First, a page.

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Dreaming of France: 29 Avenue Rapp

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Scrolling through my Instagram& finding this image, I’m surprised I haven’t shared this particular French door for Dreaming of France before. 29 Avenue Rapp boasts what might be the most famous door in Paris. It’s definitely one of the most beautiful.



Designed by Jules Lavirotte in 1901 it’s a striking example of Art Nouveau architecture and features the very risque sculpted Adam and Eve above the door. I first saw the building in the movie Gigi as the building where Gigi's Aunt Alicia lives and where Gigi goes for her lessons in how to catch the right man. Preferably someone rich like Gaston.

Naturally when Mark and I visited Paris, we had to pay the building a visit. What struck us about 29 Avenue Rapp was how many people just walk on by, as if were nothing special, just another old stone edifice, the door, just another entry. I think even if I lived on the block, even if I saw the building and its door every single day, I would still have to pause and take it in. Not a whole …

Finding the Sweet Spot


It's that time of year, all eyes on the green grass courts of Wimbledon, and all ears on the horrible mispronunciation of the name by American broadcast journalists.
"Bloody Hell!"
That's my dad, rolling over in his grave, shaking his head with disgust, talking to the TV. Which he shouldn't be able to do because he was cremated, but that's how incensed he is:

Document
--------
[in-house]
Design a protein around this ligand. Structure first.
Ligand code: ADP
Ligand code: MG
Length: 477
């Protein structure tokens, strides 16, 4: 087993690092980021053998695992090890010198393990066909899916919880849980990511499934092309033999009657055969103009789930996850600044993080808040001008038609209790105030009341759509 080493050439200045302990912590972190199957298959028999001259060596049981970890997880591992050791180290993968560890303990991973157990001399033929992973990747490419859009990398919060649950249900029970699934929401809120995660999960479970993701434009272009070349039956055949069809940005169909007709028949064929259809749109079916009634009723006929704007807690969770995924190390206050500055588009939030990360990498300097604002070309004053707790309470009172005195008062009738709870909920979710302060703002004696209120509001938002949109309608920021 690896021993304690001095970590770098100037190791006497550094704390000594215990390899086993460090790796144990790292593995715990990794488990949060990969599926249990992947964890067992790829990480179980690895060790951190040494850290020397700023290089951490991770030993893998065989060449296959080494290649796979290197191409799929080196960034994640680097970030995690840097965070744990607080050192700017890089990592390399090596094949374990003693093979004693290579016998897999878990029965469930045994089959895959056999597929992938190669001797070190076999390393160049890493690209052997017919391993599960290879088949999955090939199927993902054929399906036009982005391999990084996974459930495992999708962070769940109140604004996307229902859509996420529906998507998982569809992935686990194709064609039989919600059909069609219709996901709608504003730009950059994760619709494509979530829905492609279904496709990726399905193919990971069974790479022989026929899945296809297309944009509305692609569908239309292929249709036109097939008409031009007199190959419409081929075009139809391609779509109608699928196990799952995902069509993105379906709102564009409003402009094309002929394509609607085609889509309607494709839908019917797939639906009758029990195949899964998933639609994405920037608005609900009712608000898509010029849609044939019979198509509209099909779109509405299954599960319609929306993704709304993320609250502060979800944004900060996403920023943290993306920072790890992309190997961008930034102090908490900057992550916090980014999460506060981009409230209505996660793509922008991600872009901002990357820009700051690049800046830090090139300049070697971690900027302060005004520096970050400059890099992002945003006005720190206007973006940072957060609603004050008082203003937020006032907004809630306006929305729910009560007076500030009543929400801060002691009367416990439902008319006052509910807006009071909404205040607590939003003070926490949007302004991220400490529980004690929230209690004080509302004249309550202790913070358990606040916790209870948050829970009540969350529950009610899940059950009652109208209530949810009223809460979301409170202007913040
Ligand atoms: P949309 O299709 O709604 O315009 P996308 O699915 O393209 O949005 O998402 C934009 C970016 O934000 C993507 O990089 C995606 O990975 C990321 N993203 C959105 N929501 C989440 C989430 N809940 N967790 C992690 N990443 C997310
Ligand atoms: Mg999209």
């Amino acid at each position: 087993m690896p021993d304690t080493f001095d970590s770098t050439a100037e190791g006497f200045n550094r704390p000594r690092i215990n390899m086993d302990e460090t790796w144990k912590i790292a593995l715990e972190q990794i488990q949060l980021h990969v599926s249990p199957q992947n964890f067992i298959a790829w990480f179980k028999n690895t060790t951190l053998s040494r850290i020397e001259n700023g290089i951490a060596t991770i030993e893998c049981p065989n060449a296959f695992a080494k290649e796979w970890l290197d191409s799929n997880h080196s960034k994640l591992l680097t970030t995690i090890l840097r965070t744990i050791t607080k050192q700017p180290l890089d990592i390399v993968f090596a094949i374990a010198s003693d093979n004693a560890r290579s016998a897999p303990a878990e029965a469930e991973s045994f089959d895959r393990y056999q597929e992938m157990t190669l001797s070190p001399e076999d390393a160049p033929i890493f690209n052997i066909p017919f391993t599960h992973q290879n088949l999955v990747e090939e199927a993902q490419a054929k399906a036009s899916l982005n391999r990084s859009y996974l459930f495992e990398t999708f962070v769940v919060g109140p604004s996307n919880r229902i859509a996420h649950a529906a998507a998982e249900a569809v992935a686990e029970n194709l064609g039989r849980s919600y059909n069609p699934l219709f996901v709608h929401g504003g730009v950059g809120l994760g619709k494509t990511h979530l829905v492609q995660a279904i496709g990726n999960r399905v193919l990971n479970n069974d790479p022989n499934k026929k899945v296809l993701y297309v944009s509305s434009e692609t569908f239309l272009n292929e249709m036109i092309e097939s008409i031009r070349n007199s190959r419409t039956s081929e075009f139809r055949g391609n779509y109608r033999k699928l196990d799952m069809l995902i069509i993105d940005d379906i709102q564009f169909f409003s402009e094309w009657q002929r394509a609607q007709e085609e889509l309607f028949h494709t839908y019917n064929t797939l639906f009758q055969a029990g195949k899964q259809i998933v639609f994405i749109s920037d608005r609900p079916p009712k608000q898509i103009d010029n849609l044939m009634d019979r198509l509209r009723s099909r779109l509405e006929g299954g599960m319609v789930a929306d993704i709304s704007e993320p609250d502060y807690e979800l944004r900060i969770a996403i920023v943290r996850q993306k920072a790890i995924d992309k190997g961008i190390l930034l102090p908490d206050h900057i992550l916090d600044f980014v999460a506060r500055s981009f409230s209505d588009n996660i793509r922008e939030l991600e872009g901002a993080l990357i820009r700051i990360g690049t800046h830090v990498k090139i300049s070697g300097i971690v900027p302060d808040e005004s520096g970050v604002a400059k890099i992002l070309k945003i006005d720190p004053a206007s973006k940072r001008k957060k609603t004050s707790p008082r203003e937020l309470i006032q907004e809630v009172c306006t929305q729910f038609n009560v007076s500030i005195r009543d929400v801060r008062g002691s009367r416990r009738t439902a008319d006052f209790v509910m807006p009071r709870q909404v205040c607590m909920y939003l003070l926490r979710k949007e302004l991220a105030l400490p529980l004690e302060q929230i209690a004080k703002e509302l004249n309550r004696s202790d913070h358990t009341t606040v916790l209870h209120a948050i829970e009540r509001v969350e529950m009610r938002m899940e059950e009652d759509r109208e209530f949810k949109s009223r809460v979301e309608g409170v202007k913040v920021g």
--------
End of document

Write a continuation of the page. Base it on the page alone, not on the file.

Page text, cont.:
"Can they not hear the D? There's a 'd' in Wimbledon, mate. Not a bloody 't'. It's Wim-Bull-Dun, not WimbleTon!!"
I've never been to Wimbledon; I go back and forth—like a tennis ball—about putting it on my bucket list. I was even in England once during the Wimbledon tourney but I never got closer to it than the screen on my grandmother's television set, watching it with her from her Chorleywood home, her beautiful garden filled with roses and brick pathways and arches that my uncle built himself, through the garden door behind us.

For years I watched the two week tournament at home here in California via NBC's Breakfast at Wimbledon. Bouncing round every year in late June, early July, like the end of the school year, the opening of the Hollywood Bowl and the upcoming Fourth of July holiday, it marked the true start of summer. But a couple of years back Wimbledon coverage moved to ESPN and being an annual tennis fan, the kind of person who watches Wimbledon and the French Open and forgets about Serena and Rafael Nadal and Roger Federer until next year, it's catch as catch can now.

But I remembered this week that it was tennis time again, that the green grass courts of Wimbledon, England's revered tennis tournament, would be mowed and ready. Going to my friend Big Brother Google I learned that Wimbledon began on June 29th and runs through July 12.  Wimbledon even has its own website where you can catch up on scores, see who's playing next and where, tune into radio and video goodies, check out their A to Z (pronounce it Zed, please) guide and courtesy of Jaguar, FEEL Wimbledon for yourself.

I've only missed four days; there's still plenty of time to find the sweet spot. Find out just who this dreadlocks-wearing Dustin Brown is. Maybe I'll even dig out one of the handful of racquets clogging up my hall closet. I always did like wearing white in the summer.

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Photo Credit: [London Telegraph]

Comments

  1. I remember Breakfast at Wimbledon! I used to eat strawberries and cream for breakfast -- or the closest I could manage which was usually Cool Whip rather than anything that the British would recognize as cream.

    ReplyDelete
  2. Cool Whip was my cup of tea too. If you know what I mean.

    ReplyDelete

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